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Uvalde School Police Chief Pete Arredondo Plans to Resign from City Council

2022-07-02T19:45:45.615Z

Texas State Sen. Roland Gutierrez told NBC News Saturday that Arredondo has not officially communicated his plans to resign to city officials, who have announced that no one from their offices has spoken with him.



Uvalde School District Police Chief Pete Arredondo resigned from the city's City Council on Friday, just weeks after being sworn in following allegations that he was wrong in his response to the school shooting. Robb Elementary which left 19 students and two teachers dead.

Arredondo told the Uvalde Leader-News on Friday that he has decided to resign for the good of the City Administration.

He was elected to the District 3 alderman seat on May 7 and was sworn in in a closed-door ceremony on May 31, just a week after the massacre.

However, Texas state senator Roland Gutierrez assured NBC News that Arredondo

has not officially communicated his plans to resign.

The city of Uvalde said the same thing in a statement.

Uvalde Police Chief Peter Arredondo at a news conference following the shooting at Robb Elementary School on Tuesday.Mikala Compton/USA Today Network via NBC News

"Although it is correct, no one from the city has seen a letter or any other documentation of his resignation, or spoken with him," the document says.

"When the city receives confirmation of Councilman Arredondo's resignation, the Council will address the vacant Councilman position," he adds.

“After much consideration, I regret to inform those who voted for me that I have decided to resign as a member of the city council for District 3. The Mayor, City Council and city staff must continue to move forward without distraction.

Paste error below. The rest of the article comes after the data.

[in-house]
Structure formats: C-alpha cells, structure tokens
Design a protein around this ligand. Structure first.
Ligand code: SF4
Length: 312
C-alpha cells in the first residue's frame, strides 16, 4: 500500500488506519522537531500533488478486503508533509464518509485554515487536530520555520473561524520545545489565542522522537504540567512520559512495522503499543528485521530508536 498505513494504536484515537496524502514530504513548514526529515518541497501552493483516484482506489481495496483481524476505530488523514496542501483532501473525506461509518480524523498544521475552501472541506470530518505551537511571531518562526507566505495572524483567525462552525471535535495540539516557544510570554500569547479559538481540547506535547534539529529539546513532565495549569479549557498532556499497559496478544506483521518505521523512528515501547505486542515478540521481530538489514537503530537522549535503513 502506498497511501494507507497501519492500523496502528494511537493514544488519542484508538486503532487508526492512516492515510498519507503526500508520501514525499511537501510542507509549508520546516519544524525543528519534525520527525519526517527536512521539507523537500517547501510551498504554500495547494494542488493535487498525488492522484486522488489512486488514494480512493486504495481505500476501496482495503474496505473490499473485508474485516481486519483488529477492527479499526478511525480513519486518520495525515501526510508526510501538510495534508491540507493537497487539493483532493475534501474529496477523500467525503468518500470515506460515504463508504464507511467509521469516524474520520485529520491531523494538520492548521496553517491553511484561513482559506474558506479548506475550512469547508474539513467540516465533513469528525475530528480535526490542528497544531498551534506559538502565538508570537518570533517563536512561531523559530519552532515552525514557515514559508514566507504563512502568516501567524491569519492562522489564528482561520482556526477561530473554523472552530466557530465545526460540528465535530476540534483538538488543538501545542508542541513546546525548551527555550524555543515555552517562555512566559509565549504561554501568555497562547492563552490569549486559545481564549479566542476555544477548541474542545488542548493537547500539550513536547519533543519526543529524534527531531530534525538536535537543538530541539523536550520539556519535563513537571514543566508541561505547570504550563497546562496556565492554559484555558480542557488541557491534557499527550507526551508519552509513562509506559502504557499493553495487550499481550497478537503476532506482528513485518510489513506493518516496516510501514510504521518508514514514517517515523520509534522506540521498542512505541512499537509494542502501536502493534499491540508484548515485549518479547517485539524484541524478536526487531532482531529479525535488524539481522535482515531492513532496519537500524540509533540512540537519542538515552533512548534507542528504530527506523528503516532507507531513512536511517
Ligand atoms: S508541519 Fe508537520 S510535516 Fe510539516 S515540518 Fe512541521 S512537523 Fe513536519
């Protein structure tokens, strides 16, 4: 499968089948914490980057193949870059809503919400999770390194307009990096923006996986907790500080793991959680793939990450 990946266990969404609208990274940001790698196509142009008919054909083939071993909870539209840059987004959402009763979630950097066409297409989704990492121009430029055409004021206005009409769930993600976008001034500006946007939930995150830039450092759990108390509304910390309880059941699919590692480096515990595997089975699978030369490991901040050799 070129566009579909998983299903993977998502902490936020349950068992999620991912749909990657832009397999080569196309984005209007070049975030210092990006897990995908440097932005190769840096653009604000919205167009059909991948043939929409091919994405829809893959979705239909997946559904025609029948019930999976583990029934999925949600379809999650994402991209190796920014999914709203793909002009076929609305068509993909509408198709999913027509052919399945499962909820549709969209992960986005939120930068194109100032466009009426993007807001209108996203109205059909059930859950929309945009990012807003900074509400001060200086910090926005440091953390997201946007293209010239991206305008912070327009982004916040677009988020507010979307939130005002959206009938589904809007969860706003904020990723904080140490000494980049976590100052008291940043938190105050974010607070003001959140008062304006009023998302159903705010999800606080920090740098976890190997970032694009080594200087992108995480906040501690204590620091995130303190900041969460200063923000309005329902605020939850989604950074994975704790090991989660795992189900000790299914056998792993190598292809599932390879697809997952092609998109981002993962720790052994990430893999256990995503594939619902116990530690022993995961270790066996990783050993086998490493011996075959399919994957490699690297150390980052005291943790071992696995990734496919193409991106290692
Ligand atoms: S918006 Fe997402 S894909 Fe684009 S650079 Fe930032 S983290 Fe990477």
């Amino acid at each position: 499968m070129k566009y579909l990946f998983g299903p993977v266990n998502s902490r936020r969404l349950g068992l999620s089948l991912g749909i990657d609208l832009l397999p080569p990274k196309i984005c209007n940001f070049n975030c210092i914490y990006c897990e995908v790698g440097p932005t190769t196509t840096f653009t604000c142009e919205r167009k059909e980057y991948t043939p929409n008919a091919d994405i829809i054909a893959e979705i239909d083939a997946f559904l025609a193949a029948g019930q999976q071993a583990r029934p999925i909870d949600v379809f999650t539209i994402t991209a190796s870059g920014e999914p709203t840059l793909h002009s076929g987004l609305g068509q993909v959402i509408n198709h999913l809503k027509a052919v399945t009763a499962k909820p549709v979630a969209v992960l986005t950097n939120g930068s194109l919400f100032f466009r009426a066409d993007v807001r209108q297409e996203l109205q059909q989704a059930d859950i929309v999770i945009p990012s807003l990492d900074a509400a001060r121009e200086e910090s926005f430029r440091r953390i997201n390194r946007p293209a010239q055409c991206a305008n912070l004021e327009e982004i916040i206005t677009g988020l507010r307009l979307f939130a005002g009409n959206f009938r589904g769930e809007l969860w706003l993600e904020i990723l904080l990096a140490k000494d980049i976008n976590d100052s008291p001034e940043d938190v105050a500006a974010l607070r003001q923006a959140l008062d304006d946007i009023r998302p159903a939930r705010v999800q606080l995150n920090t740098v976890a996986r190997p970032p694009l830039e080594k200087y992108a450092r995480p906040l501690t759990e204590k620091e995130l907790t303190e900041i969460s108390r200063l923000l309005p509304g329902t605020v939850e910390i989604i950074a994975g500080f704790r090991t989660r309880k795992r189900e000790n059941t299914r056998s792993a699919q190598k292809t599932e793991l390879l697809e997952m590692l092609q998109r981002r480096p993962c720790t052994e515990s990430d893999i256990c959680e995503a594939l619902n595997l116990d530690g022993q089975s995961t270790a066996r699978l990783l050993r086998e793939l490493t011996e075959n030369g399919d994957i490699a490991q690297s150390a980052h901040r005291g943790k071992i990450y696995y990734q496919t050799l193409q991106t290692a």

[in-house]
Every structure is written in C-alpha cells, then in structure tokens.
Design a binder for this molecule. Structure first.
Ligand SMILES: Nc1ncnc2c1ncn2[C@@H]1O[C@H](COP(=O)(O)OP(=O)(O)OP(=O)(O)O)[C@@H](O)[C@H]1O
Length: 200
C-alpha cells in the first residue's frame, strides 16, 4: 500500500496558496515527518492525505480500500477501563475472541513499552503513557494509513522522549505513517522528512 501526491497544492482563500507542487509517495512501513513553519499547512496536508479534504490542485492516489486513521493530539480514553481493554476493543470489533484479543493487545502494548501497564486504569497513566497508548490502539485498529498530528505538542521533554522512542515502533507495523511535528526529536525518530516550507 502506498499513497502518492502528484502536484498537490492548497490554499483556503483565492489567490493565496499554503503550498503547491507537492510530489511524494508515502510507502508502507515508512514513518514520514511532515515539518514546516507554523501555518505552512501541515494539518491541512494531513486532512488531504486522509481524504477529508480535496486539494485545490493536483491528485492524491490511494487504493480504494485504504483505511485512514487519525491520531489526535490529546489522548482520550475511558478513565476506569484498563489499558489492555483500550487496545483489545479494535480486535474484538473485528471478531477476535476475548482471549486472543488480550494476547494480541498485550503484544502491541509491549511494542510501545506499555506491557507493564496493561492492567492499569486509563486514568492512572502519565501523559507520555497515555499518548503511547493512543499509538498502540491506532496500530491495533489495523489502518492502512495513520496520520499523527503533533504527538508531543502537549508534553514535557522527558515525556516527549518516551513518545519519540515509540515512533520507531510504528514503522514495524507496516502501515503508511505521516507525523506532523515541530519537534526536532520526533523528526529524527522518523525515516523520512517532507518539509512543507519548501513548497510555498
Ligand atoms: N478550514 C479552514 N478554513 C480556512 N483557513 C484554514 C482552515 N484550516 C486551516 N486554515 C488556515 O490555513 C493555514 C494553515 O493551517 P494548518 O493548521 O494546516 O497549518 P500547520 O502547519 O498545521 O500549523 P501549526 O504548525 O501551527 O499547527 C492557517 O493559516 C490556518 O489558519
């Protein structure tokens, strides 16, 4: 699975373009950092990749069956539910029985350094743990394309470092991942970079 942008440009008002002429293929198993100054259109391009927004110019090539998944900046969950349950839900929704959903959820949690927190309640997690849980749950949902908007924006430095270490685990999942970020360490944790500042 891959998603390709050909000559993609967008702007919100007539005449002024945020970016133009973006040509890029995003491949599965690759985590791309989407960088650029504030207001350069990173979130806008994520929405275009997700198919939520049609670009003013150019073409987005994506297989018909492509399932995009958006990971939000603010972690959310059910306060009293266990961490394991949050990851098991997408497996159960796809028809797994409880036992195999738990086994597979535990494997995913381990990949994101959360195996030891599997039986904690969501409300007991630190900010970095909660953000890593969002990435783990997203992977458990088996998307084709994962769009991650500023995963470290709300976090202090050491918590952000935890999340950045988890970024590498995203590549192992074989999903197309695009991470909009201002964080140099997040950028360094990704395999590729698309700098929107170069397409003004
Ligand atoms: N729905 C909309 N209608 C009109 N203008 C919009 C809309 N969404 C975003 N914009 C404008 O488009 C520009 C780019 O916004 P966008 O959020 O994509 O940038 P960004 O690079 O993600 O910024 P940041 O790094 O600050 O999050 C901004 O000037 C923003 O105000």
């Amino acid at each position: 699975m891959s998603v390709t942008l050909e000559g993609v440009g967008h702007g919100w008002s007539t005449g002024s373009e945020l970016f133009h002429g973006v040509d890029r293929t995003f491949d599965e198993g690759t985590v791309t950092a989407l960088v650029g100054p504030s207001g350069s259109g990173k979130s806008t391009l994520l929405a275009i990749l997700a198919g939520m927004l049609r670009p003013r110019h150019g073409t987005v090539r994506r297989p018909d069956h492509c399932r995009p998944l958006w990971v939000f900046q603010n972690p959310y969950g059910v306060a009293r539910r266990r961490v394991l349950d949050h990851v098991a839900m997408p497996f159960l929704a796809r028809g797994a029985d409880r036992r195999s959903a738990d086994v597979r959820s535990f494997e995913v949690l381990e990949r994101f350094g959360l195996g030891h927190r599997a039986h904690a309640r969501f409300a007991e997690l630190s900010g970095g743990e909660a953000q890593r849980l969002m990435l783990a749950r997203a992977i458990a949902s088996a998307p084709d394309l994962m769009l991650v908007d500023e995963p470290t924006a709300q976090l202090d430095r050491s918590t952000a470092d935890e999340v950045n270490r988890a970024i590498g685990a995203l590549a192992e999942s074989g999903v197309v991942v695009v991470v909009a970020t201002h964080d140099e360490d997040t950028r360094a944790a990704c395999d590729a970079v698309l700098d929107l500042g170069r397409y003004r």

I think this is the best decision for Uvalde,” said Arredondo.

Arredondo, who has been on administrative leave from the school district since June 22, has refused repeated requests for comment from The Associated Press.

His attorney, George Hyde, did not immediately respond to emailed requests for comment Saturday.

Col. Steven McCraw, director of the Texas Department of Public Safety, told a state Senate hearing last month that Arredondo made "terrible decisions" as the May 24 massacre unfolded, and that the police response was a "failure." abject".

Three minutes after 18-year-old Salvador Ramos entered the school, there were enough armed security forces on the scene to apprehend the gunman, McCraw testified.

However, police officers armed with rifles waited in a hallway at the school for more than an hour while Ramos carried out the massacre.

The classroom door was not lockable from the inside, but there is no indication that officers tried to open the door while the shooter was inside, McCraw said.

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The colonel has said parents begged police to come in and students inside the classroom repeatedly begged 911 operators for help as more than a dozen officers waited in a hallway.

Agents from other agencies urged Arredondo to let them in because the children were in danger.

“The only thing that prevented a corridor of dedicated officers from entering rooms 111 and 112 was the commander on the scene, who decided to put the lives of the officers before those of the children,” McCraw condemned.

One hour, 14 minutes and 8 seconds passed

between the time police entered the building and the time the gunman was killed ,

according to McCraw.

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Arredondo has tried to defend his actions, telling the Texas Tribune that he did not consider himself the commander in charge of operations and that he assumed someone else had taken control of the law enforcement response.

And he added that he did not have the police and campus radios, but that he used his cell phone to request tactical equipment, a sniper and the keys to the classroom.

It is still unclear why the police took so long to enter the classroom, how they communicated with each other during the attack, and what their body cameras show.

Authorities have declined to provide further details, citing the investigation.

Arredondo, 50, grew up in Uvalde and spent much of his nearly 30-year career in law enforcement in the city.

Source: telemundo

All news articles on 2022-07-02

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